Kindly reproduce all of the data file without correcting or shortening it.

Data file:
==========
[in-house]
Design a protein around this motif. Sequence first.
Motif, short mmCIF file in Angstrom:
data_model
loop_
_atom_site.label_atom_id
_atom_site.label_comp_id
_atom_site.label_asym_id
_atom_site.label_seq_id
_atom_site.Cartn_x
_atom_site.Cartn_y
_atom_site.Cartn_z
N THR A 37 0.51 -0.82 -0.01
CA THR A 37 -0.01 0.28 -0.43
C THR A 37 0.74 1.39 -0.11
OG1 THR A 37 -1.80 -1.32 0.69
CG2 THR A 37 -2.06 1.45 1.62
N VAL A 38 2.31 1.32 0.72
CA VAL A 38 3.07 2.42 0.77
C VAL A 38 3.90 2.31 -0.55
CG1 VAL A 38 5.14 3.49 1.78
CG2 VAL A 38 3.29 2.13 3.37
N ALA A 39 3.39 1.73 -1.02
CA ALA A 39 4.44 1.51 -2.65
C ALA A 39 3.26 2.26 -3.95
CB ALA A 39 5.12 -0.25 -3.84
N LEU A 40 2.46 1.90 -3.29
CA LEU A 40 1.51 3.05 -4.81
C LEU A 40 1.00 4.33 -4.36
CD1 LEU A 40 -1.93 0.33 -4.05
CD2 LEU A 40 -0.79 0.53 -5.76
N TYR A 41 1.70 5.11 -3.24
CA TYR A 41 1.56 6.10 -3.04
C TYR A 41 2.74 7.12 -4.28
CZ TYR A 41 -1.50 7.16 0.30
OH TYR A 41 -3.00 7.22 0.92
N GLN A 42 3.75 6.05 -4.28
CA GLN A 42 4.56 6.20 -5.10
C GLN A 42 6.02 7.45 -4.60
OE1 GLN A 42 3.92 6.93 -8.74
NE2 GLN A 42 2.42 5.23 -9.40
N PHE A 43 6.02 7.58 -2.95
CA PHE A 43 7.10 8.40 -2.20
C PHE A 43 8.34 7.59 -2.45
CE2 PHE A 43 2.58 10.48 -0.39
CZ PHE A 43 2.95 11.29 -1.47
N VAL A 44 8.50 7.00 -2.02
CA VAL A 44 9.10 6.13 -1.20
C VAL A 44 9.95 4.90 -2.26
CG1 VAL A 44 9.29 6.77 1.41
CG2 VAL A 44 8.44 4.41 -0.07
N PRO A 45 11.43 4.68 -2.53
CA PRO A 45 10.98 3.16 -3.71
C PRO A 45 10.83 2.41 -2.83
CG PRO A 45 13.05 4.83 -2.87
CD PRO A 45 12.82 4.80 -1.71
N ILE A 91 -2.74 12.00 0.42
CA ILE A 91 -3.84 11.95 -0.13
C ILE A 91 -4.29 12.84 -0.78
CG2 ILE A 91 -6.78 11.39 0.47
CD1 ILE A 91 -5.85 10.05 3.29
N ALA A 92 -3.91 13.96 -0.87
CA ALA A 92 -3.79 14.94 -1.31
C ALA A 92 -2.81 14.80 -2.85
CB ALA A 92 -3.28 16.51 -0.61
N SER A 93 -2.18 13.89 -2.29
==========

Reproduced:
[in-house]
Design a protein around this motif. Sequence first.
Motif, short mmCIF file in Angstrom:
data_model
loop_
_atom_site.label_atom_id
_atom_site.label_comp_id
_atom_site.label_asym_id
_atom_site.label_seq_id
_atom_site.Cartn_x
_atom_site.Cartn_y
_atom_site.Cartn_z
N THR A 37 0.51 -0.82 -0.01
CA THR A 37 -0.01 0.28 -0.43
C THR A 37 0.74 1.39 -0.11
OG1 THR A 37 -1.80 -1.32 0.69
CG2 THR A 37 -2.06 1.45 1.62
N VAL A 38 2.31 1.32 0.72
CA VAL A 38 3.07 2.42 0.77
C VAL A 38 3.90 2.31 -0.55
CG1 VAL A 38 5.14 3.49 1.78
CG2 VAL A 38 3.29 2.13 3.37
N ALA A 39 3.39 1.73 -1.02
CA ALA A 39 4.44 1.51 -2.65
C ALA A 39 3.26 2.26 -3.95
CB ALA A 39 5.12 -0.25 -3.84
N LEU A 40 2.46 1.90 -3.29
CA LEU A 40 1.51 3.05 -4.81
C LEU A 40 1.00 4.33 -4.36
CD1 LEU A 40 -1.93 0.33 -4.05
CD2 LEU A 40 -0.79 0.53 -5.76
N TYR A 41 1.70 5.11 -3.24
CA TYR A 41 1.56 6.10 -3.04
C TYR A 41 2.74 7.12 -4.28
CZ TYR A 41 -1.50 7.16 0.30
OH TYR A 41 -3.00 7.22 0.92
N GLN A 42 3.75 6.05 -4.28
CA GLN A 42 4.56 6.20 -5.10
C GLN A 42 6.02 7.45 -4.60
OE1 GLN A 42 3.92 6.93 -8.74
NE2 GLN A 42 2.42 5.23 -9.40
N PHE A 43 6.02 7.58 -2.95
CA PHE A 43 7.10 8.40 -2.20
C PHE A 43 8.34 7.59 -2.45
CE2 PHE A 43 2.58 10.48 -0.39
CZ PHE A 43 2.95 11.29 -1.47
N VAL A 44 8.50 7.00 -2.02
CA VAL A 44 9.10 6.13 -1.20
C VAL A 44 9.95 4.90 -2.26
CG1 VAL A 44 9.29 6.77 1.41
CG2 VAL A 44 8.44 4.41 -0.07
N PRO A 45 11.43 4.68 -2.53
CA PRO A 45 10.98 3.16 -3.71
C PRO A 45 10.83 2.41 -2.83
CG PRO A 45 13.05 4.83 -2.87
CD PRO A 45 12.82 4.80 -1.71
N ILE A 91 -2.74 12.00 0.42
CA ILE A 91 -3.84 11.95 -0.13
C ILE A 91 -4.29 12.84 -0.78
CG2 ILE A 91 -6.78 11.39 0.47
CD1 ILE A 91 -5.85 10.05 3.29
N ALA A 92 -3.91 13.96 -0.87
CA ALA A 92 -3.79 14.94 -1.31
C ALA A 92 -2.81 14.80 -2.85
CB ALA A 92 -3.28 16.51 -0.61
N SER A 93 -2.18 13.89 -2.29